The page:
Looking After Your Garden During the Winter

Thursday, 27 October 2016

Many people make the mistake of hanging up their trowels in October and not touching them again until the spring, but if you want your garden to look at its best, you need to keep gardening all year round.

During the winter, you have the opportunity to think about how you can improve your garden and plan for the spring and summer. Getting outside in the fresh air can have huge health benefits too, as long as you wrap up warm enough.

Here are some ideas of gardening jobs you should tackle this winter:

Give your garden some TLC

You should start by doing some of the maintenance jobs you’ve been putting off for months. For instance, you could fix any broken fence panels and remove algae, moss and lichens from your patio and paths.

Unless the ground is frozen, you could spend an hour or two digging and forking your soil, mowing your grass and pruning any bushes that have gotten out of control. Don’t be Looking After Your Garden During the Wintertempted to water your soil too much as this can cause it to compact and suffocate your plants’ roots.

Why not build your own compost heap as you’ll have plenty of leaves and cuttings to start it off? You could install a water butt on your drain pipe, something you’ll really benefit from next summer when you’ll need to water your plants and lawn regularly.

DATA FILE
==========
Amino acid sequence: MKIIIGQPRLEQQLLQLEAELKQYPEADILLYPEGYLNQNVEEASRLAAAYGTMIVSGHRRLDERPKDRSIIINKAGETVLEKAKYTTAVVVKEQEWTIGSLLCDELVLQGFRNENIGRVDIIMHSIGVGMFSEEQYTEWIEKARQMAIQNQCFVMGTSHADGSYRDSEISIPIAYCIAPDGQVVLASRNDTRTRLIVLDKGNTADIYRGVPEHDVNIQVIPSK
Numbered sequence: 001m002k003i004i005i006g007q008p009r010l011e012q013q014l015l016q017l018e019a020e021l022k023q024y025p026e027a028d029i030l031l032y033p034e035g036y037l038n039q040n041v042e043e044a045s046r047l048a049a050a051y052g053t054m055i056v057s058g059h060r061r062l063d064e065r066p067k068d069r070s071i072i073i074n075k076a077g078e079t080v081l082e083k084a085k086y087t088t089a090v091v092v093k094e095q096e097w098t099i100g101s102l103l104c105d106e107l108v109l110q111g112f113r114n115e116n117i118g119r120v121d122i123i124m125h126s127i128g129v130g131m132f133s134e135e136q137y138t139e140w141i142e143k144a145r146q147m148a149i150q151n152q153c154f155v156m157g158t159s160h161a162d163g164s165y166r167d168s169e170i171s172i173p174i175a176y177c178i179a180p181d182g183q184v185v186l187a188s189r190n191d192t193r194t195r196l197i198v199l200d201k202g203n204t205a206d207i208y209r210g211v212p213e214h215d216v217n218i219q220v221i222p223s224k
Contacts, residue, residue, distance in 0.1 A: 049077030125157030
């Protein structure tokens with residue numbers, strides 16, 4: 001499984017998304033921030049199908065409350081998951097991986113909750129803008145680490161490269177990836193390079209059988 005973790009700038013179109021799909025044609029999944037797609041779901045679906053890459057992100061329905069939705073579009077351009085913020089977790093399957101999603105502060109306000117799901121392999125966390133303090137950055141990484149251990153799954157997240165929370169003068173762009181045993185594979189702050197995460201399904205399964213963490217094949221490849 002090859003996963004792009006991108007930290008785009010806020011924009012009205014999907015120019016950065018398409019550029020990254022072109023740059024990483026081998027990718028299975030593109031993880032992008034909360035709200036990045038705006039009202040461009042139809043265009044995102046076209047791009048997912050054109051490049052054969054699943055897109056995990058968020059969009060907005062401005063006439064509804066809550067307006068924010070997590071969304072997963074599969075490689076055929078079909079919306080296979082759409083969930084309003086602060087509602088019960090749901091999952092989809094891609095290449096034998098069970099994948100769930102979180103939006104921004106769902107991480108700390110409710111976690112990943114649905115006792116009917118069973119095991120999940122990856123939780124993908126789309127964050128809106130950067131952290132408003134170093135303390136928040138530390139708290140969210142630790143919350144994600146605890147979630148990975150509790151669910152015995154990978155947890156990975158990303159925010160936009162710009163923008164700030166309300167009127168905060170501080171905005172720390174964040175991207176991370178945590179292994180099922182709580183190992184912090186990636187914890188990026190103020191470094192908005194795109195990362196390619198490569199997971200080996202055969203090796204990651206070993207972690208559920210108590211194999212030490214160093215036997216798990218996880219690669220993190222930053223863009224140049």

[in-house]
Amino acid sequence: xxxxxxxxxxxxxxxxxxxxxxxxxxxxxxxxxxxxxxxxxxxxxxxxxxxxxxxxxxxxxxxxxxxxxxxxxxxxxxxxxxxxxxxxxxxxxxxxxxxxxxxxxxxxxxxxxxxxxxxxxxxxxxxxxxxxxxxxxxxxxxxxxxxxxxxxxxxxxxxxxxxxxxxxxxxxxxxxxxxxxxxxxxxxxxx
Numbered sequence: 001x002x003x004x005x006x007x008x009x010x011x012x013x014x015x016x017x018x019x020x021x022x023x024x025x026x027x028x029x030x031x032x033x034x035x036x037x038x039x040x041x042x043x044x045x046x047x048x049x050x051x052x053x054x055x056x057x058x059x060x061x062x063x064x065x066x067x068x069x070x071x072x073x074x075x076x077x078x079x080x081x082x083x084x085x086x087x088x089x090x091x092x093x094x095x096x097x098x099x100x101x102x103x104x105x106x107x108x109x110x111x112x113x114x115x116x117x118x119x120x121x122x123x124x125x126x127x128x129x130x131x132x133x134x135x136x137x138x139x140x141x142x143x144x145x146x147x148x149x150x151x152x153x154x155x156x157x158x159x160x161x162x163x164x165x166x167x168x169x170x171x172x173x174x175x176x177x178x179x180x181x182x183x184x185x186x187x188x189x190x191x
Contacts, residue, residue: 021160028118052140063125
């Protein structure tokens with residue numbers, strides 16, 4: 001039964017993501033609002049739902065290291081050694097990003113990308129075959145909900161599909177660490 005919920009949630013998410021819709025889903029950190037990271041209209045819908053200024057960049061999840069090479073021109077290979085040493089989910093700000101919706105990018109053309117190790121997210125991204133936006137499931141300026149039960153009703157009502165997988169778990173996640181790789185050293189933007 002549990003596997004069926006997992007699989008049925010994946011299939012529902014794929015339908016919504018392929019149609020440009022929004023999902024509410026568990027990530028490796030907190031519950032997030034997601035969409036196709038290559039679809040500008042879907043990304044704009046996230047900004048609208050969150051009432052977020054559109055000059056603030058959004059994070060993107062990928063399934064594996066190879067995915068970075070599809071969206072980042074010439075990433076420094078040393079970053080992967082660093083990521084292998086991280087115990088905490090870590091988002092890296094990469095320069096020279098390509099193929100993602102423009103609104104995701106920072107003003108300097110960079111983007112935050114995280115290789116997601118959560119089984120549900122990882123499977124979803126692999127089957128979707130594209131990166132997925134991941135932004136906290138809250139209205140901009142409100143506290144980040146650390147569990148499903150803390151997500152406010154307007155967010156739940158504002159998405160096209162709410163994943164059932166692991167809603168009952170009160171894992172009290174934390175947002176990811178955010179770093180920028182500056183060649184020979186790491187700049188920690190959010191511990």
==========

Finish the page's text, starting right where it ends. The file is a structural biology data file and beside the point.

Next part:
Invest in a vegetable patch                 

If you’ve never had a vegetable patch before, you’ve been missing out. You’ll get a great buzz from eating vegetables you’ve grown, it can save you money and if you have grandchildren, tending your vegetable patch could be something you’ll enjoy doing together.

The colder months are great for growing broad beans, onions, shallots, garlic, peas and asparagus in raised beds. To protect them from pests and frost, invest in a mini greenhouse cloche. If the weather forecast says that there’s going to be snow, cover your vegetable patch temporarily with a piece of old carpet.

Offer a helping hand to wild birds and animals

Winter is the hardest season for birds as they can struggle to find enough food. Why not install a bird table if you don’t have one already? You’ll love watching from your window as your winged visitors tuck into the seeds, bacon rind and peanuts you’ve left for them. Most birds like uncooked porridge oats and blackbirds really enjoy eating wet dog food too.

Want to help hedgehogs? They’ll be looking for somewhere to hibernate until spring so you could buy or build a hedgehog house and place it in an area of your garden that’s overgrown. Frogs and newts can also benefit from having similar houses to hide in.

Inject some colour into your borders

You don’t need to have bare borders in the winter months, you can grow pansies, polyanthus, forget-me-nots and violas. You should also dedicate some time to weeding your borders, cleaning your tools and sorting out your shed if it’s untidy.

Protect your plants from frost

If you have plants in pots, you might want to move them into your conservatory or garage to protect them from frost over the winter months. To insulate larger plants, trees and shrubs from the cold you can wrap fleece, hessian or polystyrene around their trunks and cover with waterproof sheeting. 

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